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A randomized controlled trial of folate supplementation when treating malaria in pregnancy with sulfadoxine-pyrimethamine

Ouma, Peter; Parise, Monica E.; Hamel, Mary J.; ter Kuile, Feiko O.; Otieno, Kephas; Ayisi, John G.; Kager, Piet A; Steketee, Richard W.; Slutsker, Laurence and van Eijk, Anna M. (2006) A randomized controlled trial of folate supplementation when treating malaria in pregnancy with sulfadoxine-pyrimethamine. PLoS Clinical Trials, 1 (6). Article Number: e28. 0001-0009. ISSN 1555-5887

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Abstract

Objectives Sulfadoxine-pyrimethamine (SP) is an antimalarial drug that acts on the folate metabolism of the malaria parasite. We investigated whether folate (FA) supplementation in a high or a low dose affects the efficacy of SP for the treatment of uncomplicated malaria in pregnant women. Design This was a randomized, placebo-controlled, double-blind trial. Setting The trial was carried out at three hospitals in western Kenya. Participants The participants were 488 pregnant women presenting at their first antenatal visit with uncomplicated malaria parasitaemia (density of ≥ 500 parasites/μl), a haemoglobin level higher than 7 g/dl, a gestational age between 17 and 34 weeks, and no history of antimalarial or FA use, or sulfa allergy. A total of 415 women completed the study. Interventions All participants received SP and iron supplementation. They were randomized to the following arms: FA 5 mg, FA 0.4 mg, or FA placebo. After 14 days, all participants continued with FA 5 mg daily as per national guidelines. Participants were followed at days 2, 3, 7, 14, 21, and 28 or until treatment failure. Outcome Measures The outcomes were SP failure rate and change in haemoglobin at day 14. Results The proportion of treatment failure at day 14 was 13.9% (19/137) in the placebo group, 14.5% (20/138) in the FA 0.4 mg arm (adjusted hazard ratio [AHR], 1.07; 98.7% confidence interval [CI], 0.48 to 2.37; p = 0.8), and 27.1% (38/140) in the FA 5 mg arm (AHR, 2.19; 98.7% CI, 1.09 to 4.40; p = 0.005). The haemoglobin levels at day 14 were not different relative to placebo (mean difference for FA 5 mg, 0.17 g/dl; 98.7% CI, −0.19 to 0.52; and for FA 0.4 mg, 0.14 g/dl; 98.7% CI, −0.21 to 0.49). Conclusions Concomitant use of 5 mg FA supplementation compromises the efficacy of SP for the treatment of uncomplicated malaria in pregnant women. Countries that use SP for treatment or prevention of malaria in pregnancy need to evaluate their antenatal policy on timing or dose of FA supplementation.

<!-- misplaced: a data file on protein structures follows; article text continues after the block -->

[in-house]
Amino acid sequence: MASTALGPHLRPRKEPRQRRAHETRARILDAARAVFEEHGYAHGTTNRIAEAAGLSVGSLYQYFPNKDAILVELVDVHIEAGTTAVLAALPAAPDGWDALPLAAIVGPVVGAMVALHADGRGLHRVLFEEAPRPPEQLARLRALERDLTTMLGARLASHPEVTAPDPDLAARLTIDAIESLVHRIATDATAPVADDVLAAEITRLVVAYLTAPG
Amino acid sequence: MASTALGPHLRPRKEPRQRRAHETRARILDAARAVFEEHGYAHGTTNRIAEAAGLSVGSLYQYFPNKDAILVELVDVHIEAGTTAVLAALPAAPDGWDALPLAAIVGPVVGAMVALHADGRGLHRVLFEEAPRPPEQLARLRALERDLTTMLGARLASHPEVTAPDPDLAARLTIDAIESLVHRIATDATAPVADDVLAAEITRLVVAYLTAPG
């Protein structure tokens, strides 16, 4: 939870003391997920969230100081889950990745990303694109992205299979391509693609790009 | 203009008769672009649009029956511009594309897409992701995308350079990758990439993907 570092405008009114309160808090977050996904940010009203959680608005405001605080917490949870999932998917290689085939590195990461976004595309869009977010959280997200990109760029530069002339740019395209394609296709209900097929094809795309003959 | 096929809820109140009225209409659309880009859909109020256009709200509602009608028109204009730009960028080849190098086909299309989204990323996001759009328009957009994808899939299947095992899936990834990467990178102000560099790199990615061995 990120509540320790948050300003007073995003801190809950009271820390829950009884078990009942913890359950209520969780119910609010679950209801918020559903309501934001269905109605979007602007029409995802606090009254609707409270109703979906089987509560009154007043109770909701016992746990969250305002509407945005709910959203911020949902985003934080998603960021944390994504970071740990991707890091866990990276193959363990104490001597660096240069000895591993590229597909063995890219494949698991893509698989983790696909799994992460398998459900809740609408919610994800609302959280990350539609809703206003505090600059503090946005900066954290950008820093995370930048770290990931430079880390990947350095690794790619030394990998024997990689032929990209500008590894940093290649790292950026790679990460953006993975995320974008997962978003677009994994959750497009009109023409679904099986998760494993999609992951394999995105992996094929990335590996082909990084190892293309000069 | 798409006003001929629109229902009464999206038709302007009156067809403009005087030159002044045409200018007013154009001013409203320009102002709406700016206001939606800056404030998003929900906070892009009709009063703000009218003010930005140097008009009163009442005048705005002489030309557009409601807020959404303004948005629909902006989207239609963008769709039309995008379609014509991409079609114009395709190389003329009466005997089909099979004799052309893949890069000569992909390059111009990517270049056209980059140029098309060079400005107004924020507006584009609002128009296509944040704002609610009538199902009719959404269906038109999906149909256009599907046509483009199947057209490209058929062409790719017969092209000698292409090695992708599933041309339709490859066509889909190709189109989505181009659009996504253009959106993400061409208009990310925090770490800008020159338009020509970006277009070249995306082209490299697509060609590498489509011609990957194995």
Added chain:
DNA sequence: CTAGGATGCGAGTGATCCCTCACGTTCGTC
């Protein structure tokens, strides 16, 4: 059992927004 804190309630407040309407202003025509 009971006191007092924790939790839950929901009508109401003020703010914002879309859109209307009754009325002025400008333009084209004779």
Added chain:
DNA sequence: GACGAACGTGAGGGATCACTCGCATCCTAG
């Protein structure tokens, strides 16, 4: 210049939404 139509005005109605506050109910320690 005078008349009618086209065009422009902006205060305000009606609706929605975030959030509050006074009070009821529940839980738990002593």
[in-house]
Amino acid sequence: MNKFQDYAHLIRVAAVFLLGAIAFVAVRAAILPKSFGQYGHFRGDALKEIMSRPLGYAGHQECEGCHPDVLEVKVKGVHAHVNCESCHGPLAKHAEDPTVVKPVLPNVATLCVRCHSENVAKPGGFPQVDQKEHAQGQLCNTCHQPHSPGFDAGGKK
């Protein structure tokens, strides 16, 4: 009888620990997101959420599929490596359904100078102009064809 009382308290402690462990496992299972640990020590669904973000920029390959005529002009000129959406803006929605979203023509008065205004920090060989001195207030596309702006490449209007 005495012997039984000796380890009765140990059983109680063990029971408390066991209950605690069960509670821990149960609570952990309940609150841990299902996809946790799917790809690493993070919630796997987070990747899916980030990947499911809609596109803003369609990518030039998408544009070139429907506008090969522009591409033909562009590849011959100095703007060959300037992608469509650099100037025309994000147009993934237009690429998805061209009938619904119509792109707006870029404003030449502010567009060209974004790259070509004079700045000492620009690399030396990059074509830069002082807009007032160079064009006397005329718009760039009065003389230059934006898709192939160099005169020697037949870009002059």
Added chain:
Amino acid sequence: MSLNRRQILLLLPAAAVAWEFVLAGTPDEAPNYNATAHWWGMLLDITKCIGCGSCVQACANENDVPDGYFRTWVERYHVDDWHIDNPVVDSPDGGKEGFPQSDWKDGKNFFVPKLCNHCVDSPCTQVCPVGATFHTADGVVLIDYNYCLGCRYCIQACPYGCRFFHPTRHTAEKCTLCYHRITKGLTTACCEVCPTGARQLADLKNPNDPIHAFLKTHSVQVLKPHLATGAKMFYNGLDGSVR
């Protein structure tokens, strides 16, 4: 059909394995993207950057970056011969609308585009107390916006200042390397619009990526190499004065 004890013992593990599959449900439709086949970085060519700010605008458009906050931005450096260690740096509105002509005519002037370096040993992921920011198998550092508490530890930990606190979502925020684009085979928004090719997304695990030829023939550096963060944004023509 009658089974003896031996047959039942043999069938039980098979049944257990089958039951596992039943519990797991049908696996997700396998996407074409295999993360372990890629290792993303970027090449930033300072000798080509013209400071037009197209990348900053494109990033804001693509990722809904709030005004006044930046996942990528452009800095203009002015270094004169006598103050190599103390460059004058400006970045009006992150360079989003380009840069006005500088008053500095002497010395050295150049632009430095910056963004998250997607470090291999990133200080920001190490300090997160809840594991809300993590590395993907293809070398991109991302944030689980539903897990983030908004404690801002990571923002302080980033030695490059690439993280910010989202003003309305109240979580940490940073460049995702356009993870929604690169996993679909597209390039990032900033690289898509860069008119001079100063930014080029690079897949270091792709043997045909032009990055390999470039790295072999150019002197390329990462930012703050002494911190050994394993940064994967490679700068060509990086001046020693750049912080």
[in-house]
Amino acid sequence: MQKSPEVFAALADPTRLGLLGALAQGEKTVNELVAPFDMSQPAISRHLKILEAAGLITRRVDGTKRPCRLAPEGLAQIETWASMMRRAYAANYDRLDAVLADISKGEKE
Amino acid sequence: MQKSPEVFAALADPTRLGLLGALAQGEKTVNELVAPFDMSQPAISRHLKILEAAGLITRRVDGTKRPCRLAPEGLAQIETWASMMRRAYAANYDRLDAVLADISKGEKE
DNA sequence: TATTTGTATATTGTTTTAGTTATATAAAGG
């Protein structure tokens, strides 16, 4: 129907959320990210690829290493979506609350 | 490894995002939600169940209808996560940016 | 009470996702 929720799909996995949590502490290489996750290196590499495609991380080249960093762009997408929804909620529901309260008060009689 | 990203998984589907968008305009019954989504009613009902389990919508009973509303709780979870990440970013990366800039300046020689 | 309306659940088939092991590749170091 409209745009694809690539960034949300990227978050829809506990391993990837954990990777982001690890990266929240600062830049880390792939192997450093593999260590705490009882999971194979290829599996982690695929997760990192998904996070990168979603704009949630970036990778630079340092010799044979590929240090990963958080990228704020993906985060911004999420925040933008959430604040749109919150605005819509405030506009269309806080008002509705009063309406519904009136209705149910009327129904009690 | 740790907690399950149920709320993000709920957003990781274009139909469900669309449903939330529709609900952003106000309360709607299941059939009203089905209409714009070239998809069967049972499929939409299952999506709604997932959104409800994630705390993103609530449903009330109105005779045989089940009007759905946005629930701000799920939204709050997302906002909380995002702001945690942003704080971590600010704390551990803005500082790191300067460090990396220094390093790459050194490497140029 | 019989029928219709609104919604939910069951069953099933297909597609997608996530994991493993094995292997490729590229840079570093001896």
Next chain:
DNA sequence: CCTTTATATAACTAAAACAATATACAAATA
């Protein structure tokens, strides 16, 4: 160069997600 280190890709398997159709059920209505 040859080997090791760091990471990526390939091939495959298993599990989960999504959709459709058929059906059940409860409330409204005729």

Item Type:Article
Additional Information:Published: October 20, 2006. Citation: Ouma P, Parise ME, Hamel MJ, ter Kuile FO, Otieno K, et al. (2006) A randomized controlled trial of folate supplementation when treating malaria in pregnancy with sulfadoxine-pyrimethamine. PLoS Clin Trials 1(6): e28. DOI: 10.1371/ journal.pctr.0010028
Uncontrolled Keywords:PARASITE PLASMODIUM-FALCIPARUM; ANTIFOLATE DRUG SYNERGY; FOLIC-ACID; ANTIMALARIAL THERAPY; ANEMIA; KENYA; PREVALENCE; PREVENTION; RESISTANCE; CHILDREN
Subjects:R Medicine > R Medicine (General)
Departments, Research Centres and Related Units:Academic Faculties, Institutes and Research Centres > Liverpool School of Tropical Medicine
DOI:10.1371/journal.pctr.0010028
Publisher's Statement:This is an open-access article distributed under the terms of the Creative Commons Public Domain declaration which stipulates that, once placed in the public domain, this work may be freely reproduced, distributed, transmitted, modified, built upon, or otherwise used by anyone for any lawful purpose.
Related URLs:
Refereed:Yes
Status:Published
ID Code:835
Deposited On:24 Jul 2008 15:11
Last Modified:15 Apr 2013 16:49

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